Tip: Design the WSDL as abstract, but before actually invoking the orchestration you’ll need to make sure it has a concrete binding URL (see below).

Create your connection with this WSDL, using a Trigger and Invoke (See documentation to limit the use), but this allows you to trigger or start an orchestration and allows you to invoke that orchestration from another orchestration.

Create a new integration as above, but select the ‘Application event or business object’ option.

The Orchestration should now be blank with an empty trigger to start.  Expand out Triggers, and add in your previously defined connection.  You can now continue development (I won’t go into that here), but adding in your business scenarios with other invokes and routing.

I’m not going to go into developing this integration, there’s plenty of other documentation about how to do that, but let’s discuss how to test our new ICS integration! Enter SOAP-UI.



If you haven’t used SOAP-UI, stop reading now, and go check out their website and AVIO’s 6 tips to make the most of SOAP-UI.

The difference between the ‘Schedule’ service and this one, is there is no way to manually invoke this from the ICS Console (Enterprise Manager used to allow a testing feature, but that is not included as of now).

First, we’ll go find the exposed WSDL address, and mention how to add credentials to be able to invoke your new service!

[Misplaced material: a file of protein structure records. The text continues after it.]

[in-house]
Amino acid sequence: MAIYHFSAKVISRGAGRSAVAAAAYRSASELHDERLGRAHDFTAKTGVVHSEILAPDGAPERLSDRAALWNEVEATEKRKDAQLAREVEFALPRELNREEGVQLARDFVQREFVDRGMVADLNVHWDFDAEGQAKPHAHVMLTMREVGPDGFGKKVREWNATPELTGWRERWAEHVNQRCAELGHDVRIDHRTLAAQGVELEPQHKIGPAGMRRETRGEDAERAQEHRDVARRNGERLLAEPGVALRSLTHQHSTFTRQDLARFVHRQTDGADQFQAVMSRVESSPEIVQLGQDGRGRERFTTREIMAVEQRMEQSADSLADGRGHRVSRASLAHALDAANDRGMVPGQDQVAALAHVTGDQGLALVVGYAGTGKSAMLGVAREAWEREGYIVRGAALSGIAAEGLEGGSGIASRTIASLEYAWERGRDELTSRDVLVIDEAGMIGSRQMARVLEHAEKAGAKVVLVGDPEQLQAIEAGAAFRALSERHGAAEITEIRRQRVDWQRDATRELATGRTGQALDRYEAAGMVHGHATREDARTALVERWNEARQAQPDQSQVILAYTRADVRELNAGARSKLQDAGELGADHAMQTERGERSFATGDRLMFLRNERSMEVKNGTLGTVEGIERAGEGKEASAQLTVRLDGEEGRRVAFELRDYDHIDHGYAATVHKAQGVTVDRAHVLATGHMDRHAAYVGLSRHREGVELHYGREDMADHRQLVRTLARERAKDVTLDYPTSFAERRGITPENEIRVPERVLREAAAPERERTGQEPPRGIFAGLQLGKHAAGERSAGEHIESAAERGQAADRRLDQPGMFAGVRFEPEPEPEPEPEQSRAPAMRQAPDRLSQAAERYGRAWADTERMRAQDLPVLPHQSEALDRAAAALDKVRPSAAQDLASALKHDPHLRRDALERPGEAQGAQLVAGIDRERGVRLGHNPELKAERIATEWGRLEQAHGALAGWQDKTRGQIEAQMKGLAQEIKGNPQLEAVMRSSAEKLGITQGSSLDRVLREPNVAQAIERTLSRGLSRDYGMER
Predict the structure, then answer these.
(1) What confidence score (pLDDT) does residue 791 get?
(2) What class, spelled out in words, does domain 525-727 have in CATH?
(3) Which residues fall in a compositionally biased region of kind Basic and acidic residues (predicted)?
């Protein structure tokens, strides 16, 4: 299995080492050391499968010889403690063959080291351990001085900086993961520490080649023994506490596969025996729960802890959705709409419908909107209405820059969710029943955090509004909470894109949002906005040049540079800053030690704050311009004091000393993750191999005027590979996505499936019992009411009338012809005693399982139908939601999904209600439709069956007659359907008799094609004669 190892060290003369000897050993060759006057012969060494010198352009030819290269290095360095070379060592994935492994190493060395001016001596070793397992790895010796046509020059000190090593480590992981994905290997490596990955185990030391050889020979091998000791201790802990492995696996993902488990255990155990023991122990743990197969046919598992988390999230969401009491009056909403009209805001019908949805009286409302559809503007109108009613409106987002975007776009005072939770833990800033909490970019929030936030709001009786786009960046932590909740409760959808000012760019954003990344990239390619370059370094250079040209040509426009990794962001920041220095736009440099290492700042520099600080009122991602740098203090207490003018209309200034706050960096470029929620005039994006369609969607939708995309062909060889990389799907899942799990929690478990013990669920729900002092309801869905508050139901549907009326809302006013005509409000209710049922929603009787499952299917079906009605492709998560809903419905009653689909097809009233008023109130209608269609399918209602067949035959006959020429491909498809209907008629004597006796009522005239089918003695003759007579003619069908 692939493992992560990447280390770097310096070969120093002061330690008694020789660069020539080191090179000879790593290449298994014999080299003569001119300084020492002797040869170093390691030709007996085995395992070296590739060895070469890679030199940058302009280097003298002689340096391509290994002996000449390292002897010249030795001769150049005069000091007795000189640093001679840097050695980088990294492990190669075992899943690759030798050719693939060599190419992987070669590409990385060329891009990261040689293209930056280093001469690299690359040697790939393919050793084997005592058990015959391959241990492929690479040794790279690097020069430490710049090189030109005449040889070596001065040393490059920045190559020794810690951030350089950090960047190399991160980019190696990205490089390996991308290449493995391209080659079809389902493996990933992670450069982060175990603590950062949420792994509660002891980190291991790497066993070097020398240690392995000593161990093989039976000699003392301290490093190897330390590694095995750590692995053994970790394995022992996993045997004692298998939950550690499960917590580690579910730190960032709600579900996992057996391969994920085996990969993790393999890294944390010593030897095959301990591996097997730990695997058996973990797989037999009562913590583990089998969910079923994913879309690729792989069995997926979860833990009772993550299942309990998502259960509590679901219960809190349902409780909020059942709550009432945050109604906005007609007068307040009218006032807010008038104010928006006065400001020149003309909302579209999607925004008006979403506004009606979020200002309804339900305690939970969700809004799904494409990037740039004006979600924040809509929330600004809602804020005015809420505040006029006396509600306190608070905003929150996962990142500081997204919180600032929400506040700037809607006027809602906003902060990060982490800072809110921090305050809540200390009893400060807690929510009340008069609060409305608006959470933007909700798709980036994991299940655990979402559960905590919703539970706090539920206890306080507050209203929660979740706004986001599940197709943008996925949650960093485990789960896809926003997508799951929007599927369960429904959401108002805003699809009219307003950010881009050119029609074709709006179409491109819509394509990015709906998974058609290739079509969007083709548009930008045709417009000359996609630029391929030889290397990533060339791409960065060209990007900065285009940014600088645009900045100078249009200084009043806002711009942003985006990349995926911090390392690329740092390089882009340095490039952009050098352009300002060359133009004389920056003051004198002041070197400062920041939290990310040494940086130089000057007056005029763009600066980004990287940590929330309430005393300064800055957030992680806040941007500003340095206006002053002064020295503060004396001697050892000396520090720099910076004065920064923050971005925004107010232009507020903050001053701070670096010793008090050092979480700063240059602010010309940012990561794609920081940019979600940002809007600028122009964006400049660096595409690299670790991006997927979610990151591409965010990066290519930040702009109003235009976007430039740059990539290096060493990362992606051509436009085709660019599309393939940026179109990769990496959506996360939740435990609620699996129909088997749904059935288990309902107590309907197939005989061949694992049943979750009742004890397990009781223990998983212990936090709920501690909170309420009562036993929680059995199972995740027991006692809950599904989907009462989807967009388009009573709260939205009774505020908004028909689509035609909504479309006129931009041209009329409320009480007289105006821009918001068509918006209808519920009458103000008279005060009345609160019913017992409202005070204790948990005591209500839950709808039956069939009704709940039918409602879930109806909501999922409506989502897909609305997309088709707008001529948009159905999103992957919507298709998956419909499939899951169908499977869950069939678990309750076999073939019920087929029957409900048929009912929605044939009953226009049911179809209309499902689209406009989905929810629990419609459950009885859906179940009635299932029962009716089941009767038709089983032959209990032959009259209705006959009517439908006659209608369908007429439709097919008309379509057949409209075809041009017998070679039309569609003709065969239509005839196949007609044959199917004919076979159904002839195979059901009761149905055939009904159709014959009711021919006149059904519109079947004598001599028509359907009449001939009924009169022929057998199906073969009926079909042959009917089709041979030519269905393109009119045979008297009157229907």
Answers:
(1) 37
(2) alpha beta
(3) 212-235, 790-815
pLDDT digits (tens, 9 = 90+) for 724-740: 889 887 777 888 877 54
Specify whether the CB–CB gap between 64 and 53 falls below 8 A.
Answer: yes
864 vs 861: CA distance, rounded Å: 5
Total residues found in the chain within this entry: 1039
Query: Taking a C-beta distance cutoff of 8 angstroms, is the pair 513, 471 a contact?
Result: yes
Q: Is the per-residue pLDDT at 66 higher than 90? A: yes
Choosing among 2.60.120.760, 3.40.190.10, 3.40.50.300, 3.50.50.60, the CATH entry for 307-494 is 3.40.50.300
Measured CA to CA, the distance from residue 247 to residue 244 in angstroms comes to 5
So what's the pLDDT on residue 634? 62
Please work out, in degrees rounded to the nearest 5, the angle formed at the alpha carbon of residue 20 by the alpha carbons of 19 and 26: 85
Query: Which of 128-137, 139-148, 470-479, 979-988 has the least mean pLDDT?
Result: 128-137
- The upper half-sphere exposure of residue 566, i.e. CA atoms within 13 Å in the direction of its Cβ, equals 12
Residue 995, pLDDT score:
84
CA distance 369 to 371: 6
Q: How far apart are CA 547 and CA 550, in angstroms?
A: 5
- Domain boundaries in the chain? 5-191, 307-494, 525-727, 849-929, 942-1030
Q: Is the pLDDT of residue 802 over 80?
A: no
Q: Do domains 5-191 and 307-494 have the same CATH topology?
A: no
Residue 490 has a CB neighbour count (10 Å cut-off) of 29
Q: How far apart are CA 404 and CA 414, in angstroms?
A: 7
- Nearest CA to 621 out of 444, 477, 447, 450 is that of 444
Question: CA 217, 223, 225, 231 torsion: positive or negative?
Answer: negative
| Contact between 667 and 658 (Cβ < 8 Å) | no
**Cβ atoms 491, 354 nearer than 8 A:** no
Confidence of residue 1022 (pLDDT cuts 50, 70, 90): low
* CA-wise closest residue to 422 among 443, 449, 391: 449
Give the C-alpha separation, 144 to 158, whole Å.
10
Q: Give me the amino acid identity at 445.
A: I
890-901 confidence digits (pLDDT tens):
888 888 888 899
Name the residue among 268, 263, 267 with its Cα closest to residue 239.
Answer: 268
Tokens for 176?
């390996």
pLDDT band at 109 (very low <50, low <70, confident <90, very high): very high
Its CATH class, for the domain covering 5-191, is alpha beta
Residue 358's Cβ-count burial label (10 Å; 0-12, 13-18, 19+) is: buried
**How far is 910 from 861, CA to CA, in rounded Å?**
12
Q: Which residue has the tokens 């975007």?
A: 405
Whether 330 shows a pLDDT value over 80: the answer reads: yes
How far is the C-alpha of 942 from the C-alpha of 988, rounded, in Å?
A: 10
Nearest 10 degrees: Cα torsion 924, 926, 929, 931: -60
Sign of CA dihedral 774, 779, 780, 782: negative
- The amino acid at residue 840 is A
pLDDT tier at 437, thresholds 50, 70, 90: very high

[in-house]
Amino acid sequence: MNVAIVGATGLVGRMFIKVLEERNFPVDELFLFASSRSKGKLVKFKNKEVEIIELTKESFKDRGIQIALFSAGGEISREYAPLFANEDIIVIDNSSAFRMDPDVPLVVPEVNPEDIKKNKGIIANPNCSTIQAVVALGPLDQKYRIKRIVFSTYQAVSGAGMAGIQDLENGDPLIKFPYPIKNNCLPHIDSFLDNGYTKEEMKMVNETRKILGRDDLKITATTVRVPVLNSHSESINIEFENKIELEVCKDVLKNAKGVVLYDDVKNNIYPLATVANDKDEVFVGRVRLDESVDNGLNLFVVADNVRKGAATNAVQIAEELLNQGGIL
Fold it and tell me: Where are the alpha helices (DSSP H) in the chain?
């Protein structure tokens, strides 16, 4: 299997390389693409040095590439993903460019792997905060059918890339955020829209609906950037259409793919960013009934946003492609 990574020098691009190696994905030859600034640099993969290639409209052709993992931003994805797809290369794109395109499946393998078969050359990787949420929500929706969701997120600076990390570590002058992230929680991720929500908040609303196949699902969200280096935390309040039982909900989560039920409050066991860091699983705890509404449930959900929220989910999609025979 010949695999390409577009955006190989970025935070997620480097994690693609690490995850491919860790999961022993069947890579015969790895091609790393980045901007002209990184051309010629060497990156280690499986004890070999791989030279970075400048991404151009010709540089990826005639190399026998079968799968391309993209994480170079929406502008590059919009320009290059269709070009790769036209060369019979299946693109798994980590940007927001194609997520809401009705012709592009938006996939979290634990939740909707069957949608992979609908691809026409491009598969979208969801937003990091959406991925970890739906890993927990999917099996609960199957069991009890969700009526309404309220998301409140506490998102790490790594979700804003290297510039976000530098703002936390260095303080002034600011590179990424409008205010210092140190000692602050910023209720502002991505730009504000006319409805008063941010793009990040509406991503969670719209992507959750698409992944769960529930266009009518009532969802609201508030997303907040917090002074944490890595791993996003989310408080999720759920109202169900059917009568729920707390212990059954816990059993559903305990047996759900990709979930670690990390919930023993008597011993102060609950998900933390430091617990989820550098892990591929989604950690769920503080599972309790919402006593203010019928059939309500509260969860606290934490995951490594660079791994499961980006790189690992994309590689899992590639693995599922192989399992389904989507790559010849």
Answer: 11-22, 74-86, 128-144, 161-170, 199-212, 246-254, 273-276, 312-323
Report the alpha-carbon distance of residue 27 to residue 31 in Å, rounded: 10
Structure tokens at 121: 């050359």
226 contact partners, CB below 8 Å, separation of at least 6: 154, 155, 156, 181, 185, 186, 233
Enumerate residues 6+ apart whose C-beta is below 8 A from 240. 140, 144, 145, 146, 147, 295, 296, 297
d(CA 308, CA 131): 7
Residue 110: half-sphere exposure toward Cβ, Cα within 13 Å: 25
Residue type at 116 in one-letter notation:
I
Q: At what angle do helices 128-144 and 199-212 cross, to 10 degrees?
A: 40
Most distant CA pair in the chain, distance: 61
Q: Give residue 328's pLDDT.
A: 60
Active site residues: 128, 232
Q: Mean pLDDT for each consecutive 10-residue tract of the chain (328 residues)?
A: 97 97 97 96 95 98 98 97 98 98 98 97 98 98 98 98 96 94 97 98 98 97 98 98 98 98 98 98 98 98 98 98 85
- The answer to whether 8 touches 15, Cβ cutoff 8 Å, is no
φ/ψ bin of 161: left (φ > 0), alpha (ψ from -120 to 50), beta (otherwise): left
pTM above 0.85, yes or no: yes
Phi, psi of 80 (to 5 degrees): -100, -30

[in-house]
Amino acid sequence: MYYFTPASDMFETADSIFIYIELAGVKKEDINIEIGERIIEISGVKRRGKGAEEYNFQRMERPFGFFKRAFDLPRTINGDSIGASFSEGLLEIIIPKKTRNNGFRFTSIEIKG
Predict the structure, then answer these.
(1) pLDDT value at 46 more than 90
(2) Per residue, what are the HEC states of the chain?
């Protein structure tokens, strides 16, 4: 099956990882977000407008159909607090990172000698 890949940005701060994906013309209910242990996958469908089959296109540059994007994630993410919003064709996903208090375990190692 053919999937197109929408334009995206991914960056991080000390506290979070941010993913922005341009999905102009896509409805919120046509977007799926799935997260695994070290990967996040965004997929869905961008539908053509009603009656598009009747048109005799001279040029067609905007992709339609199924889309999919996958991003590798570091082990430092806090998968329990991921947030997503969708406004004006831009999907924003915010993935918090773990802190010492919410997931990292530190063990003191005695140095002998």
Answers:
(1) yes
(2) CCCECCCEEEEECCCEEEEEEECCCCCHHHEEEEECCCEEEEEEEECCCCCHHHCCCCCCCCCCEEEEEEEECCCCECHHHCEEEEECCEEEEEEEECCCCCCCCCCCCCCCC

The exposed WSDL, can be found on your Integrations page, click the ‘i’ for info.  You will see it under ‘Endpoint URL’.

ICS - URL Info


ICS - WSDL URL Details

This is also the URL that will need to be added to your WSDL binding.

<wsdl:service name="AgileIcsEbsPortType_TriggerEbsIntegration_REQUEST">
    <wsdl:port name="AgileIcsEbsPortType_TriggerEbsIntegration_REQUEST_pt" binding="tns:AgileIcsEbsPortType_TriggerEbsIntegration_REQUEST_binding">
        <soap:address location="https://icspodname-domain-id.integration.us2.oraclecloud.com:443/integration/flowsvc/soap/APLM_EBS_HNS/v01/"/>

Add this WSDL URL to a SOAP-UI project, and let it download the definition and exposed service operations.

Create a new request, as you would with any new service, and populate your appropriate data elements.  If you try and execute this, you will get an error stating ‘The request requires user authentication…’


ICS - Requires Authorization

So, lets add the authentication.  In the bottom left of that request, click ‘Auth’ to expand the authorization window.

ICS - SOAP UI Authorization

In the drop-down, select ‘Add new authorization’, select ‘Basic’, and add your username and password that you use to log into ICS.

Right-click in the request window, and select ‘Add WSS Username Token’.  This will add a security header block to your request with your username and password.

ICS - Add WSS Username


Attempting to run the service now, still results in an error.  The key here is the text: “WSM-00122: Valid timestamp is not present in the message.”

Right click on the request window again, and select ‘Add WS-Timestamp’, and give it an interval (in seconds).  You should now see a timestamp with ‘Created’ and ‘Expires’ attributes.

ICS - SOAP Request


Keep in mind, that timestamp expires.  Just delete the ‘Timestamp’ elements, and recreate as above to generate a new timestamp.

Now, jump back into ICS, (Monitoring → tracking) and look through the instance you just created!

I hope this helps some people get started and playing around in ICS!